People in glasses houses, besides not throwing stones, also need to find ways to mitigate the needless avian deaths caused by all that glass. With over 100 windows on the exterior of the house and studio, bird strikes happen. The key has been to help the birds avoid hitting the windows or at least realizing they’re about to so they can pull up and not hit with lethal force.
Early on I experimented with some custom window clings I printed. I also made a post a few years back about the so-so success we were having stopping the deaths. The downside to the window clings were that ink eventually faded or if it got damp it would run. I needed a better sticky option and that is when I discovered Rabbitgoo.
Rabbitgoo is sold in rolls and marketed as a way to create privacy: think front doors and bathroom windows. It’s a pretty sturdy stuff and handles being removed and put back in place well. Best of all, it can be easily cut.
Enter my Cricut. I made some simple stencils of bird silhouettes. Then I loaded some of the plastic onto a mat and let my Cricut do the rest.
The results are working! And they look quite pretty. Here are the great room windows with their swallows.
An in my office, I went with simple bands to break up huge bank of north-facing windows as well as a couple of bird feeders hung from the eaves.
We’re also experimenting with some feeders that attach directly to the windows via suction cups. Several three-pot humming feeders from nectardots.com as well as a couple seed feeders from duncraft.com seem to not only curb strikes on two areas that were especially problematic, but they also allow for birds to get really really close.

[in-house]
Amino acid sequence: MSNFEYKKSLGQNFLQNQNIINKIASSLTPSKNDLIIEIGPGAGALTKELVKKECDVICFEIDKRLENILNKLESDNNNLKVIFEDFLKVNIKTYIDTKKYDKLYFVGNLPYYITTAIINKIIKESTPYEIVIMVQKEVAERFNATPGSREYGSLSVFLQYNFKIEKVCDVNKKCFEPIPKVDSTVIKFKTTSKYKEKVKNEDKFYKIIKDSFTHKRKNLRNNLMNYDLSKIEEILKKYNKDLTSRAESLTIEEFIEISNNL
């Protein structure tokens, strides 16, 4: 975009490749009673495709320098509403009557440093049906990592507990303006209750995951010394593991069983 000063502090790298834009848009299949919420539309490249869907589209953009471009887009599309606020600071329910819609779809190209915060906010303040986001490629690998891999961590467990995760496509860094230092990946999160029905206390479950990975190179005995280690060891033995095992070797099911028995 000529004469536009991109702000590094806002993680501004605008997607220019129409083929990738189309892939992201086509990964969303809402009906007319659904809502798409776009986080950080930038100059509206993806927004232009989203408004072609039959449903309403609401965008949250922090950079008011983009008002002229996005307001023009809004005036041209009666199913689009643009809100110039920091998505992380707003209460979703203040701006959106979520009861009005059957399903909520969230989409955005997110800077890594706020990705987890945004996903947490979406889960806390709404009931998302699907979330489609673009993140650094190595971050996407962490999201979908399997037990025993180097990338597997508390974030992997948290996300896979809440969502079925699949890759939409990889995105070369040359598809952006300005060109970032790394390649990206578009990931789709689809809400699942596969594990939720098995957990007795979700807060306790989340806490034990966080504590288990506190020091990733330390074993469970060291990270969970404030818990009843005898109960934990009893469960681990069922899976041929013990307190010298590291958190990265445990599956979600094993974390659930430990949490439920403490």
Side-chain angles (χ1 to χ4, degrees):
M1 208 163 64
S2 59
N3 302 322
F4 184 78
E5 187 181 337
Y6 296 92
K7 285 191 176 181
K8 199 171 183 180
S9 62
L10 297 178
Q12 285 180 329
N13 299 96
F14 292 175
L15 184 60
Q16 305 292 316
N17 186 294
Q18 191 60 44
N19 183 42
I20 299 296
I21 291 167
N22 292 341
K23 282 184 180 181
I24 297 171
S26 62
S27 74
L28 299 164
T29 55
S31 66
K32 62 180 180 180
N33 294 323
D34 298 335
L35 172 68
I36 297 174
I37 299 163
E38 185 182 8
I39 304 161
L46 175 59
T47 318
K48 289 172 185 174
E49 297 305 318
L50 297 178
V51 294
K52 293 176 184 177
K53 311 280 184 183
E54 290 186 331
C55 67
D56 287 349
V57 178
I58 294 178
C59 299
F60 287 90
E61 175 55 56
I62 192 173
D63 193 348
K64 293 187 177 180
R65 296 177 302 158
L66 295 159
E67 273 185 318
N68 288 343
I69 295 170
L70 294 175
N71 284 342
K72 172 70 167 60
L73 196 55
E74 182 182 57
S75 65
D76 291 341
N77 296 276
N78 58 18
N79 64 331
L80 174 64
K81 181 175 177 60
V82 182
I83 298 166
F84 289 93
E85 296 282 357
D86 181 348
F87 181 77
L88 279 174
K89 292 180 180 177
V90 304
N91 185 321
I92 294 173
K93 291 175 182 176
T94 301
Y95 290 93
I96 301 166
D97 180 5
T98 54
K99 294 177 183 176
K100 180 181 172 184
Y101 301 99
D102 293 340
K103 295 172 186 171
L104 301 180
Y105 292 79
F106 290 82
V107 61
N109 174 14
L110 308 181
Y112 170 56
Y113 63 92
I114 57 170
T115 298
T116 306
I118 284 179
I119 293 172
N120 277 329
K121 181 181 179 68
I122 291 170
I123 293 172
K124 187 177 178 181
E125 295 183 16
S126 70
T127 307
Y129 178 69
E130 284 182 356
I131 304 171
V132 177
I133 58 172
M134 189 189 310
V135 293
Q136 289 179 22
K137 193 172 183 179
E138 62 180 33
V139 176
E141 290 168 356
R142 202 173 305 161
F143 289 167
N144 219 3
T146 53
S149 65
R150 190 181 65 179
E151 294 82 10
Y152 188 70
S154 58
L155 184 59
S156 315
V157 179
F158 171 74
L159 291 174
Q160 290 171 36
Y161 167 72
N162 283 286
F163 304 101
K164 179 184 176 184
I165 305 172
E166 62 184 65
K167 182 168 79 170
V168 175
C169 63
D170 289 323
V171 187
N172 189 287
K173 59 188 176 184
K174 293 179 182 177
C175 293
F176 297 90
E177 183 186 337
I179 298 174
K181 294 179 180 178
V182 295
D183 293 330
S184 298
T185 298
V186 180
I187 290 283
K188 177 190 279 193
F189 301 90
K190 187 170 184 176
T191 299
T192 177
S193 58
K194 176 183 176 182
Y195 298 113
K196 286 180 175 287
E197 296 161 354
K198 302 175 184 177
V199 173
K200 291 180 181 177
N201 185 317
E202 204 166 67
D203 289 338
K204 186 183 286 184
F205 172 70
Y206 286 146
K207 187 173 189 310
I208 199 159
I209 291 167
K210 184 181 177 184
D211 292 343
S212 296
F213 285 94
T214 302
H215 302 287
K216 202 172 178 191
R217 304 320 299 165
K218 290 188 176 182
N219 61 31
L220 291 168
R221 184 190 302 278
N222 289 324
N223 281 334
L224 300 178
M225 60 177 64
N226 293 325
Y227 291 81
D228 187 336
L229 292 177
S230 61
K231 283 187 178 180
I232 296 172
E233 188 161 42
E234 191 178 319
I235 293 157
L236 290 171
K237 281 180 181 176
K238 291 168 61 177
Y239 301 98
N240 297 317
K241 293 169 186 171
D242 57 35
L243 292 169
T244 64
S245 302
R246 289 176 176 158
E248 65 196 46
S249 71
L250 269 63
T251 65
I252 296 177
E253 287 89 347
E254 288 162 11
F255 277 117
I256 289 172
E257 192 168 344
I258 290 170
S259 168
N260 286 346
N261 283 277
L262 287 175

There is only so much we can do though and encouraging song birds to live here has resulted in a new sort of bird strike issue.
Case in point: This is Frank — here at the ranch we call just every animal from lizard and snake to hare and bird Frank.
Frank has been using the windows of the main house and one of the outbuildings to help him score some meals: scaring smaller birds into crashing into a window has proven successful, but its only a matter of time before he misjudges things and learns the same lesson Frank our resident Sharpie learned. (Don’t worry, Frank the Sharpie recovered just fine and I see him out and about regularly.)
More of Frank the Sharpie here: https://www.instagram.com/p/B51GKfiH5U2/
When in my office I have my eyes peeled fro the tell-tale swooping shadow that announce Frank’s presence and my ears pealed for the twack sound of a window strike elsewhere. This morning I didn’t hear the twack, but after delivering fresh coffee to the race team in the garage, (they’re prepping a car for the race up in Oregon next weekend) I found this juvenile Barn Swallow on the front stoop of the north wing of the house.
This poor Frank was alive but had landed stunned in the full morning sum and was overheating quickly. So into the hospital box it went and after it was feeling better and full use of its feet and wings, I took it out to the old pole barn so it could rejoin the main flock and its parents would be able to assist if needed.
While we will never be able to prevent our windows from never killing birds, we have managed to significantly stem the tide. We do however, have a new window-related issue that happens occasionally….Mule Deer sometimes run into the great room windows late at night. Now that is a totally different sort of thwacking sound!